Is this argument valid?

  1. No one under 18 is permitted to vote.
  2. No faculty member is under 18.
  3. The philosophy chairperson is a faculty member.
  4. Conclusion: The philosophy chairperson is permitted to vote.

Was my answer not valid because the conclusion doesn't follow from the premises?

  • Wait. Philosophy chairperson is a faculty member -> philosophy chairperson is 18 years old or older -> philosophy chairperson is permitted to vote. The argument is sound. And "the conclusion don't follow from the premises." is not what validity means.
    – rus9384
    Oct 22, 2018 at 22:58
  • I'm sorry, to avoid gamesmanship here on the forum... are you asking about the argument ending in "Then the philosophy chairperson..." ? or the one ending in "My answer was it is not..."? Oct 22, 2018 at 22:59
  • I'm asking if my answer was correct or not Oct 22, 2018 at 23:09
  • What you might need to add is why the conclusion does not follow from the premises, not just assert that it doesn't follow from the premises. What were your reasons? Welcome to this SE! Oct 23, 2018 at 3:12
  • This is the recurrent question type (RQT) “Is X valid?”. I invite anyone to discuss or analyze how such questions may be improved at the link provided. Mar 24 at 14:53

3 Answers 3


The argument is invalid. In fact, it's an instance of the fallacy of denying the antecedent.

To see this, we can formalize the argument as follows:

  1. Under-18 → not Permitted
  2. Faculty → not Under-18
  3. Chair is Faculty

From 2 and 3 we can deduce that Chair is not under 18. But we cannot then deduce from this and 1 that Chair is permitted to vote: that would commit the fallacy of denying the antecedent.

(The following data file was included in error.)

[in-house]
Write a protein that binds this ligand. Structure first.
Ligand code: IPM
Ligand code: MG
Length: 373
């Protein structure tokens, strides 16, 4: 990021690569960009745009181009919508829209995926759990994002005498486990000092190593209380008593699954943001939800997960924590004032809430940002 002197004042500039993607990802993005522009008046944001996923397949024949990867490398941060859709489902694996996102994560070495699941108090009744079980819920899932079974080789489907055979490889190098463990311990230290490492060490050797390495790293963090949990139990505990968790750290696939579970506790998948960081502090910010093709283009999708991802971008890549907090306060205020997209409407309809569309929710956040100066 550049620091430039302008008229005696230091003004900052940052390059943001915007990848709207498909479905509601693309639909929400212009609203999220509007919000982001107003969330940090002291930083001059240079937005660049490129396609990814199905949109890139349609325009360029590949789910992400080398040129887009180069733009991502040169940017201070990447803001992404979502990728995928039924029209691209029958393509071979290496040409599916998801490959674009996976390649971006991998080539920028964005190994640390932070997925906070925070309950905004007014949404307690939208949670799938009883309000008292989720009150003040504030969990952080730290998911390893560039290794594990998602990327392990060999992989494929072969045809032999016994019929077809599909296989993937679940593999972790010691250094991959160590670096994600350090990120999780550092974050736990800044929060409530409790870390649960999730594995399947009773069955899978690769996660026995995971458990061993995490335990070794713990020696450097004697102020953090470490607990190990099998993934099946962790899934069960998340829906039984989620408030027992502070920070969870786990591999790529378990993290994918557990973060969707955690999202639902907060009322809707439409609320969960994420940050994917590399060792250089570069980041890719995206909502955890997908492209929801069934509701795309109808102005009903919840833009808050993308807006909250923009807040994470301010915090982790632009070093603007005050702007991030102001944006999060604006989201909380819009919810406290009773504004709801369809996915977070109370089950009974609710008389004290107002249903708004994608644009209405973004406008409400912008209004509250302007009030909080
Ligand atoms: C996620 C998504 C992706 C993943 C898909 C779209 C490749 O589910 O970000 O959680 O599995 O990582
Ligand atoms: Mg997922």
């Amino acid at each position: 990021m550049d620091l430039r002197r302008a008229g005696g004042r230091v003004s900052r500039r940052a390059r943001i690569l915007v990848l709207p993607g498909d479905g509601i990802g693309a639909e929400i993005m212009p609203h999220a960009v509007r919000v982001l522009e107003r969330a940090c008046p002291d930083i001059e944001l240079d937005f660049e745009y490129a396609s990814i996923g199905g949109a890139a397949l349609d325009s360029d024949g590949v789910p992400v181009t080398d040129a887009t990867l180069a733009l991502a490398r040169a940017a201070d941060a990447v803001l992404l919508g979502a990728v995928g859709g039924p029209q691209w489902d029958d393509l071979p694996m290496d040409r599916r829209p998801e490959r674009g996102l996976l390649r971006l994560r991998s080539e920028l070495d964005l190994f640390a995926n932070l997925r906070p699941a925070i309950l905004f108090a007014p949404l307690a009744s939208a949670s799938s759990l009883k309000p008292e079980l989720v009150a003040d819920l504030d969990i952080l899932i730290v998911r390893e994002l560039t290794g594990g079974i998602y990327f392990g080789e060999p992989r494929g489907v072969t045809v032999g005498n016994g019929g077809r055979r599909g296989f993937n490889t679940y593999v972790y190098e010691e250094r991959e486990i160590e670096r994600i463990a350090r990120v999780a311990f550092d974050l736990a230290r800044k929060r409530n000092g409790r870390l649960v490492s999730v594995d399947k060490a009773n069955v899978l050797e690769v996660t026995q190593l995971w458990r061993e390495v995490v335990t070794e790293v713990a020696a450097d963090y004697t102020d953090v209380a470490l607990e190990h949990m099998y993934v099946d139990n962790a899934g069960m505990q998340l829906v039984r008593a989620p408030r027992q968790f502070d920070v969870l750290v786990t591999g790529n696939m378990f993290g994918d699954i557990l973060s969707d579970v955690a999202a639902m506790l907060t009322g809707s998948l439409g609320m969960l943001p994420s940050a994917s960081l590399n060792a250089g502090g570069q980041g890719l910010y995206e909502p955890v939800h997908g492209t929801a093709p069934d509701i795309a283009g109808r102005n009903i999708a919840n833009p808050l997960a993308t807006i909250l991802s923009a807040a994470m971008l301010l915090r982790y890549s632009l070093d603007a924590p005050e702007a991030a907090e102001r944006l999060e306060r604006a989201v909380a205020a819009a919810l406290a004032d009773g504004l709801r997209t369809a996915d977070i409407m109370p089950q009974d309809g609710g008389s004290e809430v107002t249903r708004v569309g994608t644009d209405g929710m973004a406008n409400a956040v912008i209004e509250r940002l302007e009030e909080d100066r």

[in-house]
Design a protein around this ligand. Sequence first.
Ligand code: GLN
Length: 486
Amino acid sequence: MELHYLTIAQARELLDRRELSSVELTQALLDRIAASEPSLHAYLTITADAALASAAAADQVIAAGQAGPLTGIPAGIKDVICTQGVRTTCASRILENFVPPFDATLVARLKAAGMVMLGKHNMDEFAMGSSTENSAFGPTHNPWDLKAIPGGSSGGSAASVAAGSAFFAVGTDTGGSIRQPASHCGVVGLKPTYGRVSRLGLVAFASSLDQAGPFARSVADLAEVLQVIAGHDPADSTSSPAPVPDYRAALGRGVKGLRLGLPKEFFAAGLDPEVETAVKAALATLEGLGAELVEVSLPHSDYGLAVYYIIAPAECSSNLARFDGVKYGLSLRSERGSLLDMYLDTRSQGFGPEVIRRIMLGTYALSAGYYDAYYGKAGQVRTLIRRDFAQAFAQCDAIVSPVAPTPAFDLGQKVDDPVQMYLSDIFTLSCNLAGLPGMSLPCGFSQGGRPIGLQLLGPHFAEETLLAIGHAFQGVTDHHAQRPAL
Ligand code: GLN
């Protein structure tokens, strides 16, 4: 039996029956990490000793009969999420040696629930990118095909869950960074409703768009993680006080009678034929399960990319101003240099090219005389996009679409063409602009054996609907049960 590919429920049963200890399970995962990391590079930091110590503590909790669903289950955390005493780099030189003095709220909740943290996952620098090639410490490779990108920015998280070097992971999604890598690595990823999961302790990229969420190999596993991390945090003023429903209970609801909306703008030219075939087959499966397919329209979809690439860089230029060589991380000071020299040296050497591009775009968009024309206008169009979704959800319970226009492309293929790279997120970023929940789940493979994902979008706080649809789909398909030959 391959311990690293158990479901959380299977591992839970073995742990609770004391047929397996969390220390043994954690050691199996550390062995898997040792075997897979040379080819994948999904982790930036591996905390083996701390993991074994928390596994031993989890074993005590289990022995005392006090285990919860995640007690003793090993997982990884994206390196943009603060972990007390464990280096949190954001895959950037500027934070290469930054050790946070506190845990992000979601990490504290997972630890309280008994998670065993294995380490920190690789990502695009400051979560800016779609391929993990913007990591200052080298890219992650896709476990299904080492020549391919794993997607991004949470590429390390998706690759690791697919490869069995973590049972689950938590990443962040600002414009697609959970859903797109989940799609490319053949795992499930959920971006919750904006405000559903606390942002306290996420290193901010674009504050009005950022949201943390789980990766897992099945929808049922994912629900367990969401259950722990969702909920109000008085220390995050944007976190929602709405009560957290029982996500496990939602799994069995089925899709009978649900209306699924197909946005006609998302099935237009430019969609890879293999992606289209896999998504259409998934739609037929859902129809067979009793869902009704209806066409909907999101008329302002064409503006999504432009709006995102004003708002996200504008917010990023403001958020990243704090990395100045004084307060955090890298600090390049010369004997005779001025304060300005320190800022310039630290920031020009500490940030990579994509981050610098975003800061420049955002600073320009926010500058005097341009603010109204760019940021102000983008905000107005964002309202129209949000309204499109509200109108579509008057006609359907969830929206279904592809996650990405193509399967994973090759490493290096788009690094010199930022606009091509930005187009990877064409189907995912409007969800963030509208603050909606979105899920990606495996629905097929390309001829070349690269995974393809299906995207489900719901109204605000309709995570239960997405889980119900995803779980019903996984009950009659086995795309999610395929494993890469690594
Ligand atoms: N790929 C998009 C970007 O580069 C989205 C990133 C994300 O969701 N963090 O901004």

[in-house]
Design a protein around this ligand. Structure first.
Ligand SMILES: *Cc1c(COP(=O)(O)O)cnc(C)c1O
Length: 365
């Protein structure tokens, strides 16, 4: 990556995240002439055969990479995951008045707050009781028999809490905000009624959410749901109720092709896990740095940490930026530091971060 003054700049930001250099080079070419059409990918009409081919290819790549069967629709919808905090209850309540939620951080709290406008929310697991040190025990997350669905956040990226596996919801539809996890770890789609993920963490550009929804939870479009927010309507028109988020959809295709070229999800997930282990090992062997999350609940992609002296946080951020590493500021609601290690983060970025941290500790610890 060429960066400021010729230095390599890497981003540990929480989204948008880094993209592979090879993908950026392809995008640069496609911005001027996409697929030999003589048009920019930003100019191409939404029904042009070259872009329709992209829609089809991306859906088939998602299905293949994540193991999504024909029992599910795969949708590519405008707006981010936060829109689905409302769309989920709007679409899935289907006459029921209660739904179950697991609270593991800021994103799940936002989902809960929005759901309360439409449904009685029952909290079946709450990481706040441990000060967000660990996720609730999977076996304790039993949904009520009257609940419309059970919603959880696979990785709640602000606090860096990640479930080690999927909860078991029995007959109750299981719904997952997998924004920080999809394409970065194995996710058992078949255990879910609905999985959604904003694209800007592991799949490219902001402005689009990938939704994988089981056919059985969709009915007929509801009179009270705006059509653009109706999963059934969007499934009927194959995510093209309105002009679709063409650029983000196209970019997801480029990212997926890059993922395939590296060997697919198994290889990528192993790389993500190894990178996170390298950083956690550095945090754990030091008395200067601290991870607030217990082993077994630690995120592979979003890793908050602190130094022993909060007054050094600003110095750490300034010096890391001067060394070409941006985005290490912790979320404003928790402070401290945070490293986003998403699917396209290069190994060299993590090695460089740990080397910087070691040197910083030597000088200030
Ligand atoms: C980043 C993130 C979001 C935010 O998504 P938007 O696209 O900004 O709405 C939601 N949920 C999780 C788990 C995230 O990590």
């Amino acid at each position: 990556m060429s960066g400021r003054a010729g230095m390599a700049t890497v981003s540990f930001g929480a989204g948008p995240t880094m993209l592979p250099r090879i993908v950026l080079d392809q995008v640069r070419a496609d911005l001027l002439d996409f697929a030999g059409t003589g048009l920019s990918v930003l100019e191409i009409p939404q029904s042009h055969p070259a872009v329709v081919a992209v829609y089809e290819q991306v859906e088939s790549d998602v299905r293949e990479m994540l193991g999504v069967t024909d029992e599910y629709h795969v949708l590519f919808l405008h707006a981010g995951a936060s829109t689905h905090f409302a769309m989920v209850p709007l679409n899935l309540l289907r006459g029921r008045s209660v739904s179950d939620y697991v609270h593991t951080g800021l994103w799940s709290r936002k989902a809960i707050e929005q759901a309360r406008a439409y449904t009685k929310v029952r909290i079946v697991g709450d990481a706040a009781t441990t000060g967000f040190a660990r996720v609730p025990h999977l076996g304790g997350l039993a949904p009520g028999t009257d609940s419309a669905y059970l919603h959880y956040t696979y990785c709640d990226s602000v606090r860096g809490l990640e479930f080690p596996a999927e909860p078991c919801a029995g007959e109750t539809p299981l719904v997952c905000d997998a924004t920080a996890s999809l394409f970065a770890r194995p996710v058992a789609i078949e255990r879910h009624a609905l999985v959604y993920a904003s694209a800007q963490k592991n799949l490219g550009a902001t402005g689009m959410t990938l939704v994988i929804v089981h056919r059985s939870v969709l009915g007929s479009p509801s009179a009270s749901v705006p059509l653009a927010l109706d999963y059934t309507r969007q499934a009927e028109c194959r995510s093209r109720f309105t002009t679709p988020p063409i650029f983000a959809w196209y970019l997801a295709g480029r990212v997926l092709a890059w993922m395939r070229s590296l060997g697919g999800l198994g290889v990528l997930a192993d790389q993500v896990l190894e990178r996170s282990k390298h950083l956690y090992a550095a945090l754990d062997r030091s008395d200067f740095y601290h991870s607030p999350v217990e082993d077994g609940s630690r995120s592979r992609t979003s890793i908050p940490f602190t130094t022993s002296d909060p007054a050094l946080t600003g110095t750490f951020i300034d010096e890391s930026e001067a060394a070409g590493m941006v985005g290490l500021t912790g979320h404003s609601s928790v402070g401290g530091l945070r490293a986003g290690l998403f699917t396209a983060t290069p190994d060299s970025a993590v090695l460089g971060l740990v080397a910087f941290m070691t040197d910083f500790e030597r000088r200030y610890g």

Another way to see that the argument is invalid is to imagine a scenario where the premises are true and the conclusion is false. For example, the chairperson might not be permitted to vote because they are not a citizen (which isn't ruled out by the premises). If it's possible for the premises to be true and the conclusion false, then the argument is invalid.

  • I used the star test by Harry j. Gensler and that's why my answer was invalid. Oct 22, 2018 at 23:34

I arrived at the same conclusion (invalidity) as Eliran H, but for a different reason. The premises are insufficient to show, affirmatively, that persons 18 years old and older are permitted to vote. Missing that information, the reasoning fails.

Here are my notes on my attempt to reason it through:

  1. If Person is Underage, then they are not permitted to Vote.

1.1 If Person is permitted to Vote, then they are not Underage. Contrapositive of #1 (looking for an affirmative statement about voting).

  1. If Person is Faculty, then they are not Underage.

  2. If Person is Chairperson, then they are Faculty.

Partial (valid) Conclusion: If Person is Chairperson, then they are not Underage. (#2 + #3)

  1. Final (failed) Conclusion: If Person is Chairperson, then they are permitted to Vote.

I don't see it as valid but I believe it WOULD be valid if you said EVERYONE over 18 is permitted to vote.

For instance, you could say the chairperson already voted once and is not allowed to vote again. In that case the first 3 premises are satisfied but the conclusion is not. But if everyone over 18 was permitted, he could vote again even though he already voted once. Unless you added another axiom saying someone could vote only once.

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